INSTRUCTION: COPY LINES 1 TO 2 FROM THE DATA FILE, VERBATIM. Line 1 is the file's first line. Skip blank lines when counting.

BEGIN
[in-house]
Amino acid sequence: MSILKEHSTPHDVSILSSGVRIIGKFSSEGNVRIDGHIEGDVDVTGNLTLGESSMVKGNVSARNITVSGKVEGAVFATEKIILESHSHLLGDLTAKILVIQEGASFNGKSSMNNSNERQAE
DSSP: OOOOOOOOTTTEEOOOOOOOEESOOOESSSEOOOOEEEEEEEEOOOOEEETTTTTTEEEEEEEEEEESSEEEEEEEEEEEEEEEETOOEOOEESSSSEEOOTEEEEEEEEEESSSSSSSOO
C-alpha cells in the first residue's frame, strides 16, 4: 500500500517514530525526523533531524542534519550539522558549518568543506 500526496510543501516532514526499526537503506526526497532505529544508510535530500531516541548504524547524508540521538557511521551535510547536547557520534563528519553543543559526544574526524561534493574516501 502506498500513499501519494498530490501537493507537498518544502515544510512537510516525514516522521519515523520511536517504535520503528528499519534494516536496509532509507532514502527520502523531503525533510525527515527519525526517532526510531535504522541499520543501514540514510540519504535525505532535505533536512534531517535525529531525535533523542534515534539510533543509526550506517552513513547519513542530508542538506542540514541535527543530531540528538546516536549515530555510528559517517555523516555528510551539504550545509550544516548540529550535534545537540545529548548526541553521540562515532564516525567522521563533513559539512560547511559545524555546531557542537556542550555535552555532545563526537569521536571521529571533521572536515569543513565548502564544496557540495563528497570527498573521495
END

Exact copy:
[in-house]
Amino acid sequence: MSILKEHSTPHDVSILSSGVRIIGKFSSEGNVRIDGHIEGDVDVTGNLTLGESSMVKGNVSARNITVSGKVEGAVFATEKIILESHSHLLGDLTAKILVIQEGASFNGKSSMNNSNERQAE